“What does the election of Donald Trump mean for Africa?” True, that’s not one of the most burning questions being asked these days of significant political transition. But for me, it is an extremely important question.
Coming back to my hometown of Tacoma after 28 years living in Africa, I am quite concerned about whether President Trump will mean good news or bad news for the 950 million people of a poor but potentially very rich continent.
Searching Google for stories about Trump and Africa, I found only a bit more than the remark jokingly (?) attributed to the president-elect: “Africa? What’s that?” The topic of “African issues” didn’t surface in the Clinton-Trump debates — only issues of African-Americans. And there is not much discussion about Africa in the daily news of Trump’s appointees to key government positions.
So what might we expect in the transition from an Obama to a Trump presidency in terms of potential influence of both political and economic developments across Africa?
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In general, the Obama foreign policy agenda highlighted good governance issues. In his July 2015 address to the African Union summit in Addis Ababa, Ethiopia, the president addressed strongly the “cancer of corruption,” the rights of activists and journalists, and the democratic processes of free and fair elections.
Reading the record of Trump, it is doubtful he would pursue a strong African policy addressing these crucial issues. Political leaders who have stayed on for a long time, with or without fair democratic elections, sent quick congratulatory notices to the president-elect. I think it is honest to say that they don’t expect to be challenged in their political lives and agenda as long as no disadvantage to the U.S. is perceived.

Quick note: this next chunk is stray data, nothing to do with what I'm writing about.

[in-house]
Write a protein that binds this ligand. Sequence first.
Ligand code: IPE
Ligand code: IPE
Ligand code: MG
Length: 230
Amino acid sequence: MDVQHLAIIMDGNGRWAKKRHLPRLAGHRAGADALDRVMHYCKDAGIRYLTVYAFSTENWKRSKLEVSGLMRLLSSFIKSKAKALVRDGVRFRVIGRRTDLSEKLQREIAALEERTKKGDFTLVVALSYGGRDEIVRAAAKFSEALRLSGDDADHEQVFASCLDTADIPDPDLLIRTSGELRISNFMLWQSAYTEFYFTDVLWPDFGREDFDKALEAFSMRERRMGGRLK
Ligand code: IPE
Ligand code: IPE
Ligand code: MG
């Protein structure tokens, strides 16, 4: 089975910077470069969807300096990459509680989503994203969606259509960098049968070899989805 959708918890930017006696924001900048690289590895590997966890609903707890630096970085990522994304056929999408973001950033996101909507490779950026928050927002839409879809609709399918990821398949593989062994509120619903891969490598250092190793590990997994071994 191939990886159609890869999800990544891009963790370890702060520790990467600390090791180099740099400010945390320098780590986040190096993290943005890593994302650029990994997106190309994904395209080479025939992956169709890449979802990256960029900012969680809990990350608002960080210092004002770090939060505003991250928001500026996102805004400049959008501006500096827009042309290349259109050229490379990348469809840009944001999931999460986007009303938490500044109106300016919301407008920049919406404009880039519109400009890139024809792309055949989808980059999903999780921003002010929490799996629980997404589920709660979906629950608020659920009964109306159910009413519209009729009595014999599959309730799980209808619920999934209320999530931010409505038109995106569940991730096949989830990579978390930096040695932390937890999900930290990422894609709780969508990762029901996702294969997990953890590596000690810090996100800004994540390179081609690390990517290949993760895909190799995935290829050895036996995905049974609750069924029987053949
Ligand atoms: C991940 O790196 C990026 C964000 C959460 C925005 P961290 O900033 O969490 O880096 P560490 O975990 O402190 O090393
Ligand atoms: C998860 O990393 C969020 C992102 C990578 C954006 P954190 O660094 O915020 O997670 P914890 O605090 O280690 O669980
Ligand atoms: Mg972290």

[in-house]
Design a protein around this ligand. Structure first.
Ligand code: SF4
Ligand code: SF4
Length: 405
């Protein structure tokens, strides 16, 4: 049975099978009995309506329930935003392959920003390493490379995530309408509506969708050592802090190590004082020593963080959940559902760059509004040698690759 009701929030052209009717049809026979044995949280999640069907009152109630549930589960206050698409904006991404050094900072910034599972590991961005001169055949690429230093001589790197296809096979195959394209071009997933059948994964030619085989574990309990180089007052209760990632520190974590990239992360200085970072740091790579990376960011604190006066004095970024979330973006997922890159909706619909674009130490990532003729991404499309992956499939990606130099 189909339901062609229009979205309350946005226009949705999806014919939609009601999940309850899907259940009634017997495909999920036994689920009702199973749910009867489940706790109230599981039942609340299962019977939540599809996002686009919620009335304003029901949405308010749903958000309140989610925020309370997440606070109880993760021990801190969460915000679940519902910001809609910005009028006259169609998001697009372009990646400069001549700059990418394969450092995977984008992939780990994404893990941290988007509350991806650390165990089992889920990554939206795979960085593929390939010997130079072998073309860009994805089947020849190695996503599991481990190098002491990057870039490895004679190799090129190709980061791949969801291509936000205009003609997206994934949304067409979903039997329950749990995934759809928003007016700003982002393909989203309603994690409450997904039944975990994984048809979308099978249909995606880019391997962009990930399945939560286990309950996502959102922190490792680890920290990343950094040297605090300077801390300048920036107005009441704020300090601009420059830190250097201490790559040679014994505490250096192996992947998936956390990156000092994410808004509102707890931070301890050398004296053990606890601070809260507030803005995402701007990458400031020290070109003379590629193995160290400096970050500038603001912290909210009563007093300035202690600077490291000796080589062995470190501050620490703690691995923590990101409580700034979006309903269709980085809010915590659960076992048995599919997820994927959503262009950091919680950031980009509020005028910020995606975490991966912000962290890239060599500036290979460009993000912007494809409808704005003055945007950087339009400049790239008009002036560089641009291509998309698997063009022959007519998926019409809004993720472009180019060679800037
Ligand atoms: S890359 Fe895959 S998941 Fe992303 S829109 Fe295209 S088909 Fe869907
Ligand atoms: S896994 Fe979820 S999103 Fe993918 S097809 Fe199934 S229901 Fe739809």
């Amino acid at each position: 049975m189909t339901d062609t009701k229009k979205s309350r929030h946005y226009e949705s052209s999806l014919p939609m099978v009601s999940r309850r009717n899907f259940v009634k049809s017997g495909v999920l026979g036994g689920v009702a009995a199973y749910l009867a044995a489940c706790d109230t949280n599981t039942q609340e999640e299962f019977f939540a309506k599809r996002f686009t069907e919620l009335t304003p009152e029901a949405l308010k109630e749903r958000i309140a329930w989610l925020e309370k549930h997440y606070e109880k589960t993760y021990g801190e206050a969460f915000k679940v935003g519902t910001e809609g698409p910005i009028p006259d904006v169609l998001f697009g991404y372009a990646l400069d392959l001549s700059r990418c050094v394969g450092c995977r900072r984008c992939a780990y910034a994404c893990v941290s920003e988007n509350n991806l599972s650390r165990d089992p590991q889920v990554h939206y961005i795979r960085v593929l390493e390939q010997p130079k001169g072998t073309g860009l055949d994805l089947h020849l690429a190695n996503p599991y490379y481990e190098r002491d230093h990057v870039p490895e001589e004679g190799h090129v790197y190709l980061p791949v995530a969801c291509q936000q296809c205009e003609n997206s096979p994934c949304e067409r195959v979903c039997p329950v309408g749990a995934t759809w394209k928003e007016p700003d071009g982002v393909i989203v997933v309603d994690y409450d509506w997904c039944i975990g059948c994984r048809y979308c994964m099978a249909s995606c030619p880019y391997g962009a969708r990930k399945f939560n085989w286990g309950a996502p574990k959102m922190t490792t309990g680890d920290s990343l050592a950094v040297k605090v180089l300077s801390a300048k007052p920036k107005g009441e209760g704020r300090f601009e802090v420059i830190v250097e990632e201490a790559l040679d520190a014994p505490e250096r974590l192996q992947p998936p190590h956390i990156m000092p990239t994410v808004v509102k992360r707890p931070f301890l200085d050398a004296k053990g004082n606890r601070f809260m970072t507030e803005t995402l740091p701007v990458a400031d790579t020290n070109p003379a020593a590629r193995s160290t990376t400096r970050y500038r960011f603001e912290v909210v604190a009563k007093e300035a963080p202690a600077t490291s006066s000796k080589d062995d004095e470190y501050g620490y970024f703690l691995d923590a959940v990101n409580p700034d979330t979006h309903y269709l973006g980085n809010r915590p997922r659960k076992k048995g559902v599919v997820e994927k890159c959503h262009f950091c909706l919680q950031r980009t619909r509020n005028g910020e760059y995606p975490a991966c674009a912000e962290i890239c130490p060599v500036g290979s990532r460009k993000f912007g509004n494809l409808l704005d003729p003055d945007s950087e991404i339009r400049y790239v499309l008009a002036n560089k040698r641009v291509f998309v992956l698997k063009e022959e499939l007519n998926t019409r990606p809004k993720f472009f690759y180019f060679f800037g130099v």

In varying degrees across the continent, African states struggle with the challenging dichotomy of rich resources and poor populations. The U.S. has been a strong promoter of development aid in health, education, infrastructure and agriculture over several decades — prompted as much by self interest in maintaining political influence as by genuine humanitarian concerns.
Moreover, various trade efforts have been encouraged, the most notable being the African Growth and Opportunities Act that gives preferential access to some African exports into American markets.
Trump is not known as a strong supporter of programs like USAID. And he has already made quite clear his dislike for trade deals like the Trans Pacific Partnership. He and his advisers probably have the same antipathy to AGOA, feeling that much more favoritism should be shown to American markets.
One area that might attract more Trump attention in Africa is that of security. China’s presence is increasingly felt throughout the continent, in economic aid and development programs. To assure strategic coherence in U.S. interests, the Bush Administration in 2007 established the U.S. African Command, or “Africom,” a military-based plan to address defense and development issues. Trump might look at Africom as more to his liking for meeting international concerns.
A final observation comes from my personal experiences living in Malawi, a nation drastically affected by climate change. Two years of serious drought have resulted in failed crops and widespread hunger. Some of this has been caused by local deforestation, but much more comes from what the recent Paris Agreement on Climate Change has sought to address: high global greenhouse gas emissions.
Trump has denied climate change, calling it a “hoax.” During the campaign he promised to pull the U.S. out of the Paris Agreement. But some of his post-election comments have been a little less threatening.
I pray that this and the other political and development issues I’ve mentioned here do not make our country’s policies under Trump “bad news” for Africa.
Peter Henriot of Tacoma is a priest affiliated with the Bellarmine Jesuit Community who has worked in Africa for 28 years, in pastoral, development and education activities. Reach him by email at firstname.lastname@example.org